The stock market's ridiculously boring streak won't last

The stock market has been boring recently. 

Very, very boring. 

Historically boring. 

Unprecedentedly boring. 

But Julian Emanuel, a strategist at UBS, doesn’t think this is going to last. 

In a note to clients published Friday, Emanuel writes that while the VIX — which measures stock market volatility and is commonly known as the “fear index”  — has collapsed to new lows in recent weeks, this reading, “insufficiently discounts uncertainty in the form of political risk in the US and in Europe and that is not likely to dissipate meaningfully prior to the US elections on November 8.”

Emanuel includes the following chart, which has been a feature of his notes in recent months, that shows markets entering a new era of heightened volatility — despite periodic lulls — consistent with what we’ve seen over the last 25 or so years of investing history. 

But what’s most notable about Emanuel’s call is that in the wake of the post-Brexit snap-back and ensuing calm in markets, perhaps investors have overlooked the looming US election. 

Every US presidential election is a market event. But the outcomes this time —  between a somewhat-known-quantity Clinton administration, and a far less certain Trump administration — are as widely distributed as we’ve seen in modern times.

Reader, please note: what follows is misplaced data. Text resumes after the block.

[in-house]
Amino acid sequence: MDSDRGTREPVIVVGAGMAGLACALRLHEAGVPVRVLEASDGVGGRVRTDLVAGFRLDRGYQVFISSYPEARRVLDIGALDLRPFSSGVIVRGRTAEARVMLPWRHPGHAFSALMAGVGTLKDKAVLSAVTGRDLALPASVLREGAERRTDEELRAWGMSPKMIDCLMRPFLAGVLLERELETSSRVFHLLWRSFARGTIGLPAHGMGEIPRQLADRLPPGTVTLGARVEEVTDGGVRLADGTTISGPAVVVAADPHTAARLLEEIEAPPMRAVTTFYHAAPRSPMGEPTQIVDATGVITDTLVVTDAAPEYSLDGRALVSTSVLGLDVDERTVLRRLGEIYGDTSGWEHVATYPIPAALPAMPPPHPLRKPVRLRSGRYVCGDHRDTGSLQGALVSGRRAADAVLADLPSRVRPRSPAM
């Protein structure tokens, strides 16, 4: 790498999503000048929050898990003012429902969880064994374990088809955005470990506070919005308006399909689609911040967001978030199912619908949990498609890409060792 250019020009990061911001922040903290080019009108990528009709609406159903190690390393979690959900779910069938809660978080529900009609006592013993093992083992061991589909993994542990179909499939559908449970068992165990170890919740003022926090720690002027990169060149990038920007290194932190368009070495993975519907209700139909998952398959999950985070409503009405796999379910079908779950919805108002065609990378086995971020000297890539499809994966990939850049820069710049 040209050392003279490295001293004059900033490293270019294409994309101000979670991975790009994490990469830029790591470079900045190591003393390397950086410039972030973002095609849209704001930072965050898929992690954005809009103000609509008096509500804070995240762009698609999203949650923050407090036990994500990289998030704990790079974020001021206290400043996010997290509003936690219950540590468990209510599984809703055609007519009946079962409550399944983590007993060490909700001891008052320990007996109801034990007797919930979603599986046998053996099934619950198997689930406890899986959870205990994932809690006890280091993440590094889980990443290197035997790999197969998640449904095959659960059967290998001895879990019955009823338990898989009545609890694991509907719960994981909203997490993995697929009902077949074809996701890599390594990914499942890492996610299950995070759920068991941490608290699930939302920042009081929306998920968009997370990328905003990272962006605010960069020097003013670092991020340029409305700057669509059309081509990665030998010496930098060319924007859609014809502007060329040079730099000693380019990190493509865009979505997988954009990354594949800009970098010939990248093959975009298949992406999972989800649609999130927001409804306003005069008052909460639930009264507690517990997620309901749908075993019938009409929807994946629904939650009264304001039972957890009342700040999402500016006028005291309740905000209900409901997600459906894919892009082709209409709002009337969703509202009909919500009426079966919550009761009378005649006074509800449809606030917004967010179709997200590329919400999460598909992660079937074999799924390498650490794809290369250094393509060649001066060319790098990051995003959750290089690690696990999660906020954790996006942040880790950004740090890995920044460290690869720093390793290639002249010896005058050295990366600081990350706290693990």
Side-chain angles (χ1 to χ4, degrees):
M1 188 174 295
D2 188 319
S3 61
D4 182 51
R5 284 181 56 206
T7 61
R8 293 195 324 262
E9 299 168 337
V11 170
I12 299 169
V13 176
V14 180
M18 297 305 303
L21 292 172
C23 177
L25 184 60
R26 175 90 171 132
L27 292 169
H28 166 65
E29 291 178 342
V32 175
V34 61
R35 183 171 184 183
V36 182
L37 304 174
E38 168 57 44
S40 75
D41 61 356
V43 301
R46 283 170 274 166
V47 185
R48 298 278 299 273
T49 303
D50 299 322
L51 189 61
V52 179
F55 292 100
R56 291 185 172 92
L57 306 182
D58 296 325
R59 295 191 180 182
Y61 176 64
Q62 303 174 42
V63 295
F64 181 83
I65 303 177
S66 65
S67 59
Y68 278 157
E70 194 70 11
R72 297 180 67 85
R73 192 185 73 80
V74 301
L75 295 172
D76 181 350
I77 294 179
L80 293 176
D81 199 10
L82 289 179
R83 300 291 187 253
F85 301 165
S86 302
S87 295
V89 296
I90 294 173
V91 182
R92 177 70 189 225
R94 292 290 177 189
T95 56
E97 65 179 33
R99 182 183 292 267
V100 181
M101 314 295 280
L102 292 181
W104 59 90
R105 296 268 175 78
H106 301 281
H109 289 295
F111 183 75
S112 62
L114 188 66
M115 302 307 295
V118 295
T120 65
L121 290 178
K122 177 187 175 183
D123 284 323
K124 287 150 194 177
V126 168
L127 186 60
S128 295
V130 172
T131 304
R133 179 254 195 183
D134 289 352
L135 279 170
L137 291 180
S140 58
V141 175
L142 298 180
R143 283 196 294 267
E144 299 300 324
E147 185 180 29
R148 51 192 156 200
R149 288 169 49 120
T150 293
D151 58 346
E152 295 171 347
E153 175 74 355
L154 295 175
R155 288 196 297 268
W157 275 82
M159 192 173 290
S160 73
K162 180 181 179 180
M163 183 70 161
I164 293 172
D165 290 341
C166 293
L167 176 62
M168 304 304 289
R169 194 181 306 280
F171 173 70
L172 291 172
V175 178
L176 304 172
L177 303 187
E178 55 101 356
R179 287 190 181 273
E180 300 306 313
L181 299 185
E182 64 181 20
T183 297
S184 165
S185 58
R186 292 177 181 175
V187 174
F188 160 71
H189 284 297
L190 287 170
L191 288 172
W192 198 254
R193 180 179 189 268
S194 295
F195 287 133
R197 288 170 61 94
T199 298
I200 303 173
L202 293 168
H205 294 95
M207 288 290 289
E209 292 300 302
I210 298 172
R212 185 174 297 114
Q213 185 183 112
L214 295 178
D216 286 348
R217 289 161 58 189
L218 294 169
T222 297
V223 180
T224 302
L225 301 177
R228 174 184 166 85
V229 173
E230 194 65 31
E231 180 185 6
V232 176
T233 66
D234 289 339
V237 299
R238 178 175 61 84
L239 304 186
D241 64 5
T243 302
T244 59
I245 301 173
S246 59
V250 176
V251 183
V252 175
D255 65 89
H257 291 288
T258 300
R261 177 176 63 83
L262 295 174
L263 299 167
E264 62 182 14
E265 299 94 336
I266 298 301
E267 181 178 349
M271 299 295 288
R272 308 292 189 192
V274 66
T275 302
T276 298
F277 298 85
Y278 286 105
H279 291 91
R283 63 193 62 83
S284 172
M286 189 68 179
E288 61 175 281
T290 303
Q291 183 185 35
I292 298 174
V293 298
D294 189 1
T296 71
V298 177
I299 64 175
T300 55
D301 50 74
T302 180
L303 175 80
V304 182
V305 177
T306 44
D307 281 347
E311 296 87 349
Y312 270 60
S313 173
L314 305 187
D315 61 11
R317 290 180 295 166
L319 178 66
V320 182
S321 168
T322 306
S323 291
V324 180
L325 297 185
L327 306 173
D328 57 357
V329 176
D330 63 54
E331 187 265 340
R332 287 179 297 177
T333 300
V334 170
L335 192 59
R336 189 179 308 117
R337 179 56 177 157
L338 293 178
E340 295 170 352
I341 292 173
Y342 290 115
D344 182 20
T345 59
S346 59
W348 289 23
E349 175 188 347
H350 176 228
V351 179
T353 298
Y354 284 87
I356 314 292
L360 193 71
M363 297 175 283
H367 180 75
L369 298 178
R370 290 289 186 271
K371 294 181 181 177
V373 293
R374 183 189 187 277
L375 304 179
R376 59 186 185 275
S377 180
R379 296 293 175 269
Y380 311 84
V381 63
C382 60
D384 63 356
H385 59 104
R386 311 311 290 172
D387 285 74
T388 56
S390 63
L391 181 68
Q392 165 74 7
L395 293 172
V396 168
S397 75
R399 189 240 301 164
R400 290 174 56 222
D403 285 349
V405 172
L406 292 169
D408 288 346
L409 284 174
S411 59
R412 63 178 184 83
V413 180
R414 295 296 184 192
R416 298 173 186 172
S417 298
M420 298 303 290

For markets, this simply means the end of volatile markets has been overstated. 

Or as Emanuel writes, “given the prospects for a contentious US presidential race where the outcome may not be certain until the day of the vote… along with uncertainty about the economic future of the UK and the EU persisting, talk of volatility’s demise may be greatly exaggerated.”

And while market participants and commentators tend to be focused on what is happening here and now, and far less interested in what someone says seems likely to happen in the future, Emanuel is not the only person saying markets seem to be overlooking the election. 

At the Democratic National Convention on Thursday, my colleague Josh Barro spoke with economist Austan Goolsbee, a former member of the Obama administration, who said markets haven’t really reacted to what now appears to be a true 50-50 election between Hillary Clinton and Donald Trump.

And this sets the table for more chaotic moves as we inch closer to the actual day. 

You can see the full video of Josh’s conversation with Goolsbee below. 

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